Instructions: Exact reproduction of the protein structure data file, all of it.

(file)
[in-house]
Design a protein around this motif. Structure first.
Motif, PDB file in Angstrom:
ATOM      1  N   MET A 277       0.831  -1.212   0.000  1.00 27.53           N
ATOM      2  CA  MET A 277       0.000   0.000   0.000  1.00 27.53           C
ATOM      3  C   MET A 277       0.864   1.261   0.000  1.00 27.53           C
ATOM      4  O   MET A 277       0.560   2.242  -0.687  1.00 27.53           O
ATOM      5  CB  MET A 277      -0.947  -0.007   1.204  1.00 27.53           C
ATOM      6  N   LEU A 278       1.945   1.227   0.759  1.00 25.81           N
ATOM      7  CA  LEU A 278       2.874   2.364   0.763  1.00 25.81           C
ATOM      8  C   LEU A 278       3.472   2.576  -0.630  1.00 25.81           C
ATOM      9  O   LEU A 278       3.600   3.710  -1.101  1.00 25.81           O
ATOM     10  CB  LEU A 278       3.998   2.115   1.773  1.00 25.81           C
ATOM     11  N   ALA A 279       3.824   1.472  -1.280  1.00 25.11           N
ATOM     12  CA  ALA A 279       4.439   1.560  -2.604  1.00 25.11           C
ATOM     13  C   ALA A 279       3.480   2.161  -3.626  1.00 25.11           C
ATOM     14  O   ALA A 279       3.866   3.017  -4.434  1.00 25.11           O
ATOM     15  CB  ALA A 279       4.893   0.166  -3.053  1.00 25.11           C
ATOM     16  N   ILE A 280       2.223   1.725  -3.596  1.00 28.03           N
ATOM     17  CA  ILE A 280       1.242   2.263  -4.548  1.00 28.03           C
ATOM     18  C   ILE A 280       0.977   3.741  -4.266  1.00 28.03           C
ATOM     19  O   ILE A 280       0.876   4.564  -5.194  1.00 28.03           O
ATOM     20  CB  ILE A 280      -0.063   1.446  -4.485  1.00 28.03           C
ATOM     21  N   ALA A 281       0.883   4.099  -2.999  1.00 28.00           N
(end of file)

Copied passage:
[in-house]
Design a protein around this motif. Structure first.
Motif, PDB file in Angstrom:
ATOM      1  N   MET A 277       0.831  -1.212   0.000  1.00 27.53           N
ATOM      2  CA  MET A 277       0.000   0.000   0.000  1.00 27.53           C
ATOM      3  C   MET A 277       0.864   1.261   0.000  1.00 27.53           C
ATOM      4  O   MET A 277       0.560   2.242  -0.687  1.00 27.53           O
ATOM      5  CB  MET A 277      -0.947  -0.007   1.204  1.00 27.53           C
ATOM      6  N   LEU A 278       1.945   1.227   0.759  1.00 25.81           N
ATOM      7  CA  LEU A 278       2.874   2.364   0.763  1.00 25.81           C
ATOM      8  C   LEU A 278       3.472   2.576  -0.630  1.00 25.81           C
ATOM      9  O   LEU A 278       3.600   3.710  -1.101  1.00 25.81           O
ATOM     10  CB  LEU A 278       3.998   2.115   1.773  1.00 25.81           C
ATOM     11  N   ALA A 279       3.824   1.472  -1.280  1.00 25.11           N
ATOM     12  CA  ALA A 279       4.439   1.560  -2.604  1.00 25.11           C
ATOM     13  C   ALA A 279       3.480   2.161  -3.626  1.00 25.11           C
ATOM     14  O   ALA A 279       3.866   3.017  -4.434  1.00 25.11           O
ATOM     15  CB  ALA A 279       4.893   0.166  -3.053  1.00 25.11           C
ATOM     16  N   ILE A 280       2.223   1.725  -3.596  1.00 28.03           N
ATOM     17  CA  ILE A 280       1.242   2.263  -4.548  1.00 28.03           C
ATOM     18  C   ILE A 280       0.977   3.741  -4.266  1.00 28.03           C
ATOM     19  O   ILE A 280       0.876   4.564  -5.194  1.00 28.03           O
ATOM     20  CB  ILE A 280      -0.063   1.446  -4.485  1.00 28.03           C
ATOM     21  N   ALA A 281       0.883   4.099  -2.999  1.00 28.00           N